Chinese parents are sending their children away to study at increasingly younger ages. It’s a trend the government plans to stamp out.
More than 700,000 Chinese residents moved abroad for study in 2019, a rise of more than 6 per cent from the previous year, according to the latest data from the country’s Ministry of Education. In 2020, despite the global pandemic, there was still an increase in the number of secondary-school students who took courses and exams in preparation of studying abroad.
In a report issued last month by Koolearn, an online education platform used by China’s largest private educational service provider, New Oriental, about 20 per cent of all those who took part in exams for overseas study last year were students at or below grade 12 level, the final year of senior secondary school from which they can go on to higher education.
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The Ministry of Education told a national education conference in January that it would build “a mechanism to discourage minors from studying abroad”. However, the ministry did not elaborate on what this would entail. The transcript of the conference was released earlier this month.
It’s not the first time the ministry has expressed concern about the trend of Chinese students moving abroad. In 2016, spokeswoman Xu Mei told a press conference that the ministry didn’t encourage the sending of minors abroad, believing the children were too young to live and study on their own.
Twelve-year-old Mingming is one of the growing number of young students below the age for university-level studies whose parents are planning to send them away.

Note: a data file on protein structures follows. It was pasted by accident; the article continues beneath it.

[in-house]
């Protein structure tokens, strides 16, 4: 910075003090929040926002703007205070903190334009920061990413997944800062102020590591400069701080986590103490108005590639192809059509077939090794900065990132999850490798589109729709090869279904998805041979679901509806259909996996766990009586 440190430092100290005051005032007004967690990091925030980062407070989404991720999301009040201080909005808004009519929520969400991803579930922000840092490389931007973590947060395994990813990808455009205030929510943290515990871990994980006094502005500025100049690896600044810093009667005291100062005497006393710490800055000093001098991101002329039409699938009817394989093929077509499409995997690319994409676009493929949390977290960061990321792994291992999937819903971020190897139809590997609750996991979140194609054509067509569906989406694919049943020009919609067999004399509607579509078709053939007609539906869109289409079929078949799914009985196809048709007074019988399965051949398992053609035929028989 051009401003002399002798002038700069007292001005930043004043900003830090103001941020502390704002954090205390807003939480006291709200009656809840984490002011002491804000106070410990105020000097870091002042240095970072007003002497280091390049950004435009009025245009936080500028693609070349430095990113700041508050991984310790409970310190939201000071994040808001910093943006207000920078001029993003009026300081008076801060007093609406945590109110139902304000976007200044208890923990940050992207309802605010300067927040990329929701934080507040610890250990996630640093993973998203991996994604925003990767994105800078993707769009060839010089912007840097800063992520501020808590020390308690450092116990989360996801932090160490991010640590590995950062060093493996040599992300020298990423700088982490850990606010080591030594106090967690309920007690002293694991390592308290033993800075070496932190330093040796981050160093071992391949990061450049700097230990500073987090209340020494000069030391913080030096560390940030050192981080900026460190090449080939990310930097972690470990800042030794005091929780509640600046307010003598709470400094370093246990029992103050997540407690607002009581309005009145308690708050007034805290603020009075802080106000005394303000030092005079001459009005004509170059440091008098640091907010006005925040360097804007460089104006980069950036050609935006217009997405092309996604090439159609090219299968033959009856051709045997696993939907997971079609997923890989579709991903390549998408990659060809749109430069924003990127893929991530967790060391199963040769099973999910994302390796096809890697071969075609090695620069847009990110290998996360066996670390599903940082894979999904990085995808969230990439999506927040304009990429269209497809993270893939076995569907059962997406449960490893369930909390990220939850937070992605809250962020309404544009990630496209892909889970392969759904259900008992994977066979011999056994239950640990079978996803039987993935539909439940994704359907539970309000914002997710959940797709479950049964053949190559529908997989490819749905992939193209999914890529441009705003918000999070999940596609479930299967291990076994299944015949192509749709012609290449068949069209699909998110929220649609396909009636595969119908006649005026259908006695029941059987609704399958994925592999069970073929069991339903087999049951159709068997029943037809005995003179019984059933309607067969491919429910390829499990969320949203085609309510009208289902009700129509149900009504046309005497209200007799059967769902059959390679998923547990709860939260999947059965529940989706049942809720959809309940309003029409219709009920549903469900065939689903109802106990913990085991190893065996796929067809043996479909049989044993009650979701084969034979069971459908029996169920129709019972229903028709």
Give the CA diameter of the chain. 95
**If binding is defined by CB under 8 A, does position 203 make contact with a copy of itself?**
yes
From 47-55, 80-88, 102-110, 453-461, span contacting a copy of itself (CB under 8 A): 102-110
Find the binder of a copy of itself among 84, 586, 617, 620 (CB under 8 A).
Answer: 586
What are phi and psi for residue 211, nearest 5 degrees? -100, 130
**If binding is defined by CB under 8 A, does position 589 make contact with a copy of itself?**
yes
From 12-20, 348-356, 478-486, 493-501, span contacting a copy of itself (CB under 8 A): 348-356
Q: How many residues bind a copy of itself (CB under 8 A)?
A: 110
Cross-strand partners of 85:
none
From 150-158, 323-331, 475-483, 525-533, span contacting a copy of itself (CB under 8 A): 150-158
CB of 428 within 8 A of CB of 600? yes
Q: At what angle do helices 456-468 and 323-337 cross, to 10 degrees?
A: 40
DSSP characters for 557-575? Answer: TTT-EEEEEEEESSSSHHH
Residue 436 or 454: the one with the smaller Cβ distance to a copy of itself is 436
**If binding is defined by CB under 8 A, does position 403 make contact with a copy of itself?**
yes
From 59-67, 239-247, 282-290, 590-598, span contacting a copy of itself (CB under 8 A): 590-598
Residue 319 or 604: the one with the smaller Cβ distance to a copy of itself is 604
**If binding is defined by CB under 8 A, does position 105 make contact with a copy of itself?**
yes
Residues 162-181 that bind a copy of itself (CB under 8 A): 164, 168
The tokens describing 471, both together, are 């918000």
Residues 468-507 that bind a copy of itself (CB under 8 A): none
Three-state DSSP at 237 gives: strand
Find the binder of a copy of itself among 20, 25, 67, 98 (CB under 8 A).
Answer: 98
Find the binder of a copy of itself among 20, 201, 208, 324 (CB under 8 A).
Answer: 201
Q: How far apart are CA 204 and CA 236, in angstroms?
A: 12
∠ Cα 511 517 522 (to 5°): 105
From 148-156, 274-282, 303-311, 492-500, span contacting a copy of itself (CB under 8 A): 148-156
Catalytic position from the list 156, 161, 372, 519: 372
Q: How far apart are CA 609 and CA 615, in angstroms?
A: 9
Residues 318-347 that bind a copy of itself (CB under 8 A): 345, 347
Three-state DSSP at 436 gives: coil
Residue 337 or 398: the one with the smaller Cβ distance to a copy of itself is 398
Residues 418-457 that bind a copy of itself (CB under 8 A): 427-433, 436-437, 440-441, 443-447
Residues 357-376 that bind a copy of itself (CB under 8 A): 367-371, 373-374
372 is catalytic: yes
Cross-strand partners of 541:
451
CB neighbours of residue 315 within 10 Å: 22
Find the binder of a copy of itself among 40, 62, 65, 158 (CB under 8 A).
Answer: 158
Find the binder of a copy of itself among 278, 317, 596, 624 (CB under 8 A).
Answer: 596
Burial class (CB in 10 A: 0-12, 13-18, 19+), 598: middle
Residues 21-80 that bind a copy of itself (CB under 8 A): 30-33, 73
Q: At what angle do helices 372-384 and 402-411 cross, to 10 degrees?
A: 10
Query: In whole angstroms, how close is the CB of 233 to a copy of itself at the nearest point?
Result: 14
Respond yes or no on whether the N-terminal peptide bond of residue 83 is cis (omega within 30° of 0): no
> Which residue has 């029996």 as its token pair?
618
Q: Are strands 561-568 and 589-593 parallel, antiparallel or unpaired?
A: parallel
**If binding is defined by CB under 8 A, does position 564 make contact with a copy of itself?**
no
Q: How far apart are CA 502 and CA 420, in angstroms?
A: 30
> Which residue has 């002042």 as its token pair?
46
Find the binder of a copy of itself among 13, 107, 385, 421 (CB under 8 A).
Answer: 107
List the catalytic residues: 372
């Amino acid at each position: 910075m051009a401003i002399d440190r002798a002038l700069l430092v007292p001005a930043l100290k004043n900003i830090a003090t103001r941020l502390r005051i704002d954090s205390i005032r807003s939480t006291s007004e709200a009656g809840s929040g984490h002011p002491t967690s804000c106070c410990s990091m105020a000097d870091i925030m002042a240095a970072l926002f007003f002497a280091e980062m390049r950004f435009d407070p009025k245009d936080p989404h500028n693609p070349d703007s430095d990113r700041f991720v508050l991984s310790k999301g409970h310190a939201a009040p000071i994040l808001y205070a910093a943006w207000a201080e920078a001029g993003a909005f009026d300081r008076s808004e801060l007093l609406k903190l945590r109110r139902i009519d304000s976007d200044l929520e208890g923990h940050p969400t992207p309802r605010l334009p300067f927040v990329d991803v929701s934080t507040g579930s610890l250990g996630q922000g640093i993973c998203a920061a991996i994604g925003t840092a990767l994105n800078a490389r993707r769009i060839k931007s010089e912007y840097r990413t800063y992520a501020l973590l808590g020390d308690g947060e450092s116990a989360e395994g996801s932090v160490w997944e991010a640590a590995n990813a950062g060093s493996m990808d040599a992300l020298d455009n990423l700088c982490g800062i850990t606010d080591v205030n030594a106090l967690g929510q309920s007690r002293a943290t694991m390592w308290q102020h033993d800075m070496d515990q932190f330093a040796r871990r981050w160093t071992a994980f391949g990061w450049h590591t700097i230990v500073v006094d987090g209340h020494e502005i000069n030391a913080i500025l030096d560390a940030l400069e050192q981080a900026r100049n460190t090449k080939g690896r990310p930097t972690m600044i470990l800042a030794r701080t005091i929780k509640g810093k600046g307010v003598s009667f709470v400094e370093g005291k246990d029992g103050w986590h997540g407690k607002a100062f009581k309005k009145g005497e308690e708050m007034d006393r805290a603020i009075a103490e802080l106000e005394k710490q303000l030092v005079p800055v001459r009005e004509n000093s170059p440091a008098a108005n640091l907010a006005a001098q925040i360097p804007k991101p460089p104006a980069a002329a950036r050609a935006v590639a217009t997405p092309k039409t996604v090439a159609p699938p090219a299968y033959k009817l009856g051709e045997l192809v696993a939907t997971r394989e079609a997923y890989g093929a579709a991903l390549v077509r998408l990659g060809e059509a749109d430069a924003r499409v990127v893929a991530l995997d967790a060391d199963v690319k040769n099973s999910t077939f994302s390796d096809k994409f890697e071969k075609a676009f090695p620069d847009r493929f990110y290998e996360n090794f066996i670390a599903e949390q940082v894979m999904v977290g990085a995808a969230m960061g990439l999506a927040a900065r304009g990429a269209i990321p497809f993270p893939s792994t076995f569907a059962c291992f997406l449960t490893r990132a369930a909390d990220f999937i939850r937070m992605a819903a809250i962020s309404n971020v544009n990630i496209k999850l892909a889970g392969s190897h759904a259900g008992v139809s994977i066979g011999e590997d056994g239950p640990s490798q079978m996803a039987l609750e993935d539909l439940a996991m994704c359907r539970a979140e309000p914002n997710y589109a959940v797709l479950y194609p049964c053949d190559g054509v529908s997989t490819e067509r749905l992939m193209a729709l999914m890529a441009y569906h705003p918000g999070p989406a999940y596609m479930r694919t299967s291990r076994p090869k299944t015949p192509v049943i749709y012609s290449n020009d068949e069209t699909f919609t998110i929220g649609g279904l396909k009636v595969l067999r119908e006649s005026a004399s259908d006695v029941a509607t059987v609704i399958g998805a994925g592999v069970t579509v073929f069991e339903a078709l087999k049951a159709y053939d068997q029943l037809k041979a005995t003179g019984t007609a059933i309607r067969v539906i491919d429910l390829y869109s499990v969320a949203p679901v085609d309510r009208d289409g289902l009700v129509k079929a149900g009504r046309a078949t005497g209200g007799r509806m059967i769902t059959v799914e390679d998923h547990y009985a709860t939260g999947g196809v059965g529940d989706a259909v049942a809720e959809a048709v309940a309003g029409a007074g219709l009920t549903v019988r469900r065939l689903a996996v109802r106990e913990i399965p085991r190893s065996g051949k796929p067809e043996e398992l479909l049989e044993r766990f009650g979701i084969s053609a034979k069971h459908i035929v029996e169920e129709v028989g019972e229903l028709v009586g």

Born and raised in Shanghai, Mingming has attended an international school since grade one (the first year of primary school), his parents choosing the globally recognised International Baccalaureate programme rather than China’s official school curriculum.
With most of the paperwork already completed, he is expected to go to the United States, to a boarding school in Washington, later this year to complete his school education.
China may not be so bad at education, but for the kids it’s just too hard
Mingming’s mother, Dong Hong
In China, students must complete nine years of compulsory education, then sit the senior high school entrance exam, or zhongkao, to win a place at a senior secondary school, which prepares them for university or college. They must sit the national university entrance examination, or gaokao, to earn a place at college or university.
Mingming’s parents, both Chinese nationals, believe that sending him to the US for his high school education is preferable to him facing the crushing pressure of passing the senior high school entrance exam in grade nine at a Chinese school.
In major Chinese cities such as Beijing and Shanghai, fewer than 60 per cent of junior high school students are admitted to a senior high school.
“China may not be so bad at education, but for the kids it’s just too hard,” said Mingming’s mother, Dong Hong. “I know that all roads lead to Rome [for my son]. But I hope the road he takes is not too narrow.”
Academic pressure in the Chinese school system is just one of the reasons Chinese parents give for deciding to send their children abroad for school.
Many parents want their children to have the chance to develop personal interests in addition to doing well academically, but believe China’s rigid education system makes this almost impossible.
Jia Jia, whose son Yangyang moved to Adelaide, Australia, for grade seven (the first year of junior high school) in 2019, said the family had previously planned to send him abroad for university. However, they decided to bring forward his departure when they realised he had no time for exercise at all after entering junior high school.